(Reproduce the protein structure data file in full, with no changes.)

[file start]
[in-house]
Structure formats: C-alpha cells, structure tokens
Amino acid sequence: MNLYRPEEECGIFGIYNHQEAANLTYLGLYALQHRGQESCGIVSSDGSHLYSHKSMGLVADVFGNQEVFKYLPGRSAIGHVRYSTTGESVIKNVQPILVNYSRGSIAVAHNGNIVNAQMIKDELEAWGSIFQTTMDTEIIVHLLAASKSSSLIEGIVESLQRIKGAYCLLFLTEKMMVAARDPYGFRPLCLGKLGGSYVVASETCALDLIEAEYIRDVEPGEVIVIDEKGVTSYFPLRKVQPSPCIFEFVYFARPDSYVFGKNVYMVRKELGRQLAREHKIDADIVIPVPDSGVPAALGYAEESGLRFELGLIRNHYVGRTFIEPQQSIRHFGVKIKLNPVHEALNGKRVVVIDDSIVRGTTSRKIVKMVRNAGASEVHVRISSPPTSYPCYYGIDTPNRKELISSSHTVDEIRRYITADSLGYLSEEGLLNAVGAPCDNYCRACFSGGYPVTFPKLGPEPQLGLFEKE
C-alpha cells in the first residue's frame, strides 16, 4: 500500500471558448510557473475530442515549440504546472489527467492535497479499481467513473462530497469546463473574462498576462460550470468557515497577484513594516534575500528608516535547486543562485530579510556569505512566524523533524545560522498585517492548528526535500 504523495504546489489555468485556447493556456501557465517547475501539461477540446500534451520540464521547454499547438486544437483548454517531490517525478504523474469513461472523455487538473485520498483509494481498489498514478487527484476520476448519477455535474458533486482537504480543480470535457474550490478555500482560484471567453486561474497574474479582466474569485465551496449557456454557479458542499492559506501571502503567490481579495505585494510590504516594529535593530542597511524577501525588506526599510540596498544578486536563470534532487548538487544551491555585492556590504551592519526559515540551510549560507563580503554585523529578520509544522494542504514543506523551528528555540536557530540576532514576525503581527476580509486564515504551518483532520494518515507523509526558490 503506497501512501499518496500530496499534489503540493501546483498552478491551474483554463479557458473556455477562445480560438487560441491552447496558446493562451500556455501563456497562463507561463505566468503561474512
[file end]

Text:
[in-house]
Structure formats: C-alpha cells, structure tokens
Amino acid sequence: MNLYRPEEECGIFGIYNHQEAANLTYLGLYALQHRGQESCGIVSSDGSHLYSHKSMGLVADVFGNQEVFKYLPGRSAIGHVRYSTTGESVIKNVQPILVNYSRGSIAVAHNGNIVNAQMIKDELEAWGSIFQTTMDTEIIVHLLAASKSSSLIEGIVESLQRIKGAYCLLFLTEKMMVAARDPYGFRPLCLGKLGGSYVVASETCALDLIEAEYIRDVEPGEVIVIDEKGVTSYFPLRKVQPSPCIFEFVYFARPDSYVFGKNVYMVRKELGRQLAREHKIDADIVIPVPDSGVPAALGYAEESGLRFELGLIRNHYVGRTFIEPQQSIRHFGVKIKLNPVHEALNGKRVVVIDDSIVRGTTSRKIVKMVRNAGASEVHVRISSPPTSYPCYYGIDTPNRKELISSSHTVDEIRRYITADSLGYLSEEGLLNAVGAPCDNYCRACFSGGYPVTFPKLGPEPQLGLFEKE
C-alpha cells in the first residue's frame, strides 16, 4: 500500500471558448510557473475530442515549440504546472489527467492535497479499481467513473462530497469546463473574462498576462460550470468557515497577484513594516534575500528608516535547486543562485530579510556569505512566524523533524545560522498585517492548528526535500 504523495504546489489555468485556447493556456501557465517547475501539461477540446500534451520540464521547454499547438486544437483548454517531490517525478504523474469513461472523455487538473485520498483509494481498489498514478487527484476520476448519477455535474458533486482537504480543480470535457474550490478555500482560484471567453486561474497574474479582466474569485465551496449557456454557479458542499492559506501571502503567490481579495505585494510590504516594529535593530542597511524577501525588506526599510540596498544578486536563470534532487548538487544551491555585492556590504551592519526559515540551510549560507563580503554585523529578520509544522494542504514543506523551528528555540536557530540576532514576525503581527476580509486564515504551518483532520494518515507523509526558490 503506497501512501499518496500530496499534489503540493501546483498552478491551474483554463479557458473556455477562445480560438487560441491552447496558446493562451500556455501563456497562463507561463505566468503561474512